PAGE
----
Uber in management shake-up as workplace scandal deepens

Claudine Rigal
Juin 20, 2017

The chief executive of Uber could be forced to take a leave of absence after the taxi-hailing app said it would adopt recommendations from a report instigated by sexual harassment claims.

Also at the meeting on Sunday, board members were expected to discuss Kalanick temporarily stepping away and possibly returning to a role with less authority.

Martello will be joining a board that has allotted outsize control to the company's CEO Travis Kalanick, its SVP of global operations Ryan Graves and co-founder Garret Camp - the latter of whom have been close allies to Kalanick. Last week, the company said it hired Frances Frei, a Harvard Business School professor, as senior vice president for strategy and leadership, and Apple Inc.'s Bozoma Saint John as chief brand officer.

Kalanick, 40, has been spending time with his father in the Los Angeles area, where the board will meet, the Journal reported.

That day also will mark one week since the embattled company, which is valued at $68 billion, announced that 20 employees had been terminated over harassment claims.

According to a report by Quartz, many at Uber were surprised Michael wasn't dismissed after the karaoke bar scandal came to light earlier this year.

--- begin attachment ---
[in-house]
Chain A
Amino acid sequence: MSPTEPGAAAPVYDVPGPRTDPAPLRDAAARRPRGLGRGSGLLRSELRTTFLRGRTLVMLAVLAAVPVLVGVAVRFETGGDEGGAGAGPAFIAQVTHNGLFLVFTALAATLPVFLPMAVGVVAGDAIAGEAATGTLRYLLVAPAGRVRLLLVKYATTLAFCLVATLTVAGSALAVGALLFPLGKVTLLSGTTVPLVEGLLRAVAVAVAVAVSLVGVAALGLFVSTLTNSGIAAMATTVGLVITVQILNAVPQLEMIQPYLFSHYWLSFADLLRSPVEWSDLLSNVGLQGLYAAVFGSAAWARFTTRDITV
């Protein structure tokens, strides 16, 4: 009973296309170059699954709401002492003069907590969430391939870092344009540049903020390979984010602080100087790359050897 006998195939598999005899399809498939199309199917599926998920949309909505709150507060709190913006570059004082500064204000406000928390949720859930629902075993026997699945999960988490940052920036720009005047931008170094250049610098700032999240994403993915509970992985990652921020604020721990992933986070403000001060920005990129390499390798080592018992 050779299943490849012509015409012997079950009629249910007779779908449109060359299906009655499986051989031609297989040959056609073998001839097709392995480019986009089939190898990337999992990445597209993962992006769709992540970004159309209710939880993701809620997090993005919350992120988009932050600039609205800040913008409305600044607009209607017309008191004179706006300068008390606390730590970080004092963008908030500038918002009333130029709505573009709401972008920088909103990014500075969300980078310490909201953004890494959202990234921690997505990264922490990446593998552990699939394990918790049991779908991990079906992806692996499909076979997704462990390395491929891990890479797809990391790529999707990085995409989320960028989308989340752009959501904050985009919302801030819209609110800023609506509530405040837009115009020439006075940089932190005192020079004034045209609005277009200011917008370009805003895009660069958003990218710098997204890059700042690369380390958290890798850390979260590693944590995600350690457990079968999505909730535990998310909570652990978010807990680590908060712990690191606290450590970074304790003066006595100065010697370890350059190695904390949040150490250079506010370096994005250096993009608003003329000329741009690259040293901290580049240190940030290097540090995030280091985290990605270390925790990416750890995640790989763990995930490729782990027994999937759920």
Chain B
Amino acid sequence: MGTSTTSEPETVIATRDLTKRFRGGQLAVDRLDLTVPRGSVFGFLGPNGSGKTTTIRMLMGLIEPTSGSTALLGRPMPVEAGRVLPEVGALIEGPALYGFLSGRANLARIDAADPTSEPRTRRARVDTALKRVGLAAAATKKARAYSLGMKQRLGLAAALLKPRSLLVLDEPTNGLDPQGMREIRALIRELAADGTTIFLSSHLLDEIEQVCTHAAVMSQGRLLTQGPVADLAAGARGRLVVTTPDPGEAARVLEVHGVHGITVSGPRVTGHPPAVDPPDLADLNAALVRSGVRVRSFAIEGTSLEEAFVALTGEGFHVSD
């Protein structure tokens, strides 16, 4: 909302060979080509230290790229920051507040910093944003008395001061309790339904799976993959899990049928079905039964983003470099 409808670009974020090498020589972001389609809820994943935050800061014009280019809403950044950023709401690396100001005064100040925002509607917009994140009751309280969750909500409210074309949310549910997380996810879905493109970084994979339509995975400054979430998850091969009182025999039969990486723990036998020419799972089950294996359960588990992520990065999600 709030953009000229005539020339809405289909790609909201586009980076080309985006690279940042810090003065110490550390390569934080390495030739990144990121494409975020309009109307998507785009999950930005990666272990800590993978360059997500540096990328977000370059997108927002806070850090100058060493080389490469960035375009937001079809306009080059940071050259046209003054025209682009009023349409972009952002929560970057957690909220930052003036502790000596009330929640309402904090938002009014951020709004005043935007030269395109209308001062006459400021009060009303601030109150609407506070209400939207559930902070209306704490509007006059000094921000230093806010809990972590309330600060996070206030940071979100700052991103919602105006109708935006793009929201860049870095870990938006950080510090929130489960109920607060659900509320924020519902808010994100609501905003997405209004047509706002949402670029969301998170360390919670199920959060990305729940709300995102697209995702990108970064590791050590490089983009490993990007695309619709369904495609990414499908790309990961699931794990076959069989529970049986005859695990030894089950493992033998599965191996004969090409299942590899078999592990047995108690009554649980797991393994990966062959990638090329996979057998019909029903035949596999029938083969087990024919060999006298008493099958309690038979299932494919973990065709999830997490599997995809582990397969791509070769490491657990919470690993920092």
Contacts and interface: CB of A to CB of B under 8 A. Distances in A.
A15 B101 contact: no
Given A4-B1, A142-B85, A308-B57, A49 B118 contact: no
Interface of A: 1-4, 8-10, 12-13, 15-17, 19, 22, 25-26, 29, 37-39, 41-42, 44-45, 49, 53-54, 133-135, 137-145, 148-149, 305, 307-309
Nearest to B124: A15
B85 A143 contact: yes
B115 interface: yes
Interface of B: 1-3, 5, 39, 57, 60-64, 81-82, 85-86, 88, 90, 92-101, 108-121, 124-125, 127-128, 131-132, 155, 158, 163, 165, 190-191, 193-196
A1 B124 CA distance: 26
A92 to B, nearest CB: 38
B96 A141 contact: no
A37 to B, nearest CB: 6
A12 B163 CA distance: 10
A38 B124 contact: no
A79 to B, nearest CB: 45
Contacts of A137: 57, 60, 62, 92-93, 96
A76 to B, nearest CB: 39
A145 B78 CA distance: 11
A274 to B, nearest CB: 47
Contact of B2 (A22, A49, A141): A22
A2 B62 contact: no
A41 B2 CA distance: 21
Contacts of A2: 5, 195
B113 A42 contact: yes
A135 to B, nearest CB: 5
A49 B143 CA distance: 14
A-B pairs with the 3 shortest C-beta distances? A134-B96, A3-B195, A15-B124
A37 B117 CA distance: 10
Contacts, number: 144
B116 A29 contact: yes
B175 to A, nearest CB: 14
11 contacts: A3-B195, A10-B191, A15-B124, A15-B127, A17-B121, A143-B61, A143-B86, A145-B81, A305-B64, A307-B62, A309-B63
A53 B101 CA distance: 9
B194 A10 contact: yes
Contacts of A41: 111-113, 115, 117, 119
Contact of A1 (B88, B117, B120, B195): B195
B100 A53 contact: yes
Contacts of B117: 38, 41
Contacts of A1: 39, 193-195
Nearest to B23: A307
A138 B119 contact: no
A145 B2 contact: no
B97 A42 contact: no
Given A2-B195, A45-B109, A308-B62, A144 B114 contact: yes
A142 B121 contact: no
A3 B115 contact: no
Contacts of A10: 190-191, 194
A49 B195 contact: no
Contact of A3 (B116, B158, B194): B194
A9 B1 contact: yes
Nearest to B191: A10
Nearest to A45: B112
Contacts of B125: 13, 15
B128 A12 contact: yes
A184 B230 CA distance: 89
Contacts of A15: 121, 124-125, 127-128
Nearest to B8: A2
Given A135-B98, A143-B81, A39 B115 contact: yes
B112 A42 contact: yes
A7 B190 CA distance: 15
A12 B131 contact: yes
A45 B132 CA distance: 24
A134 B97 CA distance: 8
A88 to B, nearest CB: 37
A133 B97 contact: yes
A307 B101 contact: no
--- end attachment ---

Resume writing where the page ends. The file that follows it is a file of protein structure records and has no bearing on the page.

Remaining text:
The position of Uber's CEO, Travis Kalanick, is reportedly under threat after the ride sharing giant's board met on Sunday night.

After meeting for more than six hours, the board said it voted for Holder's recommendations unanimously but wouldn't make them public until Tuesday. Michael drew severe criticism for his behavior as an executive and as a human when he suggested tracking female journalists who were writing about the company. Now, the board of directors has to make a decision on how to responsibly manage the structure of a company that's privately valued at nearly $70 billion.

The vote comes almost four months after a former engineer, Susan Fowler, published a blog post alleging that a superior propositioned her on her first day.

It comes shortly after another law firm, Perkins Coie, submitted a separate report on sexual harassment and other employee concerns at the company.

As attention turns to Uber's CEO and one of his deputies, the uncertainty highlights a critical weakness in the company's top ranks. However, it is worth noting that disciplinary actions against Uber executives have so far had mixed results.

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